“The court finds that the statements made by Mr. Scholle before learning the intricacies of the Make My Day statute or the requirements of self-defense are far more reliable than his now informed but inconsistent testimony some 10 months later,” the judge’s order reads. 

O’Hara found it “incredible” that Scholle would forget such important details when speaking with investigators immediately after the shooting, especially regarding facts such as being punched or seeing Cotton reach for a weapon. 

If Scholle’s revised account of events was admitted by the court, it could have potentially satisfied some of the requirements for immunity under Colorado’s “Make My Day” law. But, the court determined that none of the requirements were met with a preponderance of evidence, saying Scholle’s initial testimony didn’t warrant a reasonable belief that Cotton was about to commit a crime or use physical force against Scholle.

When Scholle and his wife originally offered statements to law enforcement on the night of the incident, the couple remembered Cotton saying he “was not there to hurt anyone,” to which Scholle’s wife yelled back, “You are here to hurt us.”

According to court documents, while Scholle’s wife was on the phone with 911, the dispatcher asked her if Cotton was armed, to which she replied, “No, there is a drunk man in the backyard.” 

“The court finds that Mr. Scholle did not have a reasonable belief that the driver was doing anything at the time he was shot other than standing up, which is not a crime under any reasonable interpretation,” the judge’s order reads. 

The judge also considered how Scholle and his wife described Cotton. The couple reportedly said Cotton was “drunk, intoxicated, wasted, a crackhead, a mess,” and their assessment was considered alongside statements from Cotton, who reportedly said, “I am going to freeze to death,” “I am your neighbor,” and “I am not here to hurt you.”  

The judge also determined that Cotton had not made an unlawful entry into the dwelling. The court determined that “dwelling” and “premises” are two separate things, and after considering numerous other court cases, the judge concluded that the concrete patio where Cotton was shot shouldn’t be defined as a part of the dwelling.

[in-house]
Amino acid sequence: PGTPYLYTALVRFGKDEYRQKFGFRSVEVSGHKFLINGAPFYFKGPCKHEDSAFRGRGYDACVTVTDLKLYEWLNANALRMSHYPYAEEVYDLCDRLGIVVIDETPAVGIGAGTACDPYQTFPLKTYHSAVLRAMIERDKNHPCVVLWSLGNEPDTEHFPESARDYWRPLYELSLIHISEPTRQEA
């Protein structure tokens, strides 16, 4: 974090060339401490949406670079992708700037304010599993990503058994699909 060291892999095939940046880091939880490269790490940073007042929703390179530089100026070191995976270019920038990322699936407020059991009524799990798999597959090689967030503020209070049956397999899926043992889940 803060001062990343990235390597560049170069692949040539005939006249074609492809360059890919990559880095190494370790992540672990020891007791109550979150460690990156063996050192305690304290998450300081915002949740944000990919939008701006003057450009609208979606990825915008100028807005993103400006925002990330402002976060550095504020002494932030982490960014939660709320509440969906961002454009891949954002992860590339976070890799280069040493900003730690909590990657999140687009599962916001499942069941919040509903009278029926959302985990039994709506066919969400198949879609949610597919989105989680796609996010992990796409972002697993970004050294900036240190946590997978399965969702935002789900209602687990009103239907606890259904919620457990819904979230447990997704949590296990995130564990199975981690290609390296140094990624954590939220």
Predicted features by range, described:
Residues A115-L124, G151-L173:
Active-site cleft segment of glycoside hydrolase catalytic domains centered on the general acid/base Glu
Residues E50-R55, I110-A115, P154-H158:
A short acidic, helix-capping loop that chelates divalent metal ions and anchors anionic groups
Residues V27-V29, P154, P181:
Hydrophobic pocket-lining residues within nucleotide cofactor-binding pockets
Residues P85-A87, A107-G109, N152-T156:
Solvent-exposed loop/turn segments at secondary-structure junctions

If the patio area was enclosed and a part of the home’s footprint, it could be considered part of the dwelling, but because it’s not, the court defined the patio as part of the backyard. Even if the court had determined the patio was part of the dwelling, the judge pointed out that Cotton was instructed to move over and lay down in that area after refusing to lay down in the snow. 

“Mr. Scholle cannot order an intruder into the dwelling in order to avail himself of this statute,” the order reads. 

The judge’s order says the most difficult factor of the case to discern is how to interpret Scholle’s actions after firing his gun. 

The prosecution argued that Scholle left Cotton for dead by closing the sliding door and locking it, which the judge admitted could have been due to high adrenaline or fear that Cotton could still cause physical harm. The judge, however, rejected the latter assessment, saying Scholle’s fear of physical harm was unreasonable considering the evidence. 

The case is scheduled to appear before a jury starting on Jan. 23. 14th Judicial District Attorney Matt Karzen is the prosecutor, while Scholle is being represented by Denver-based law firm Brownstein, Hyatt, Farber and Schreck.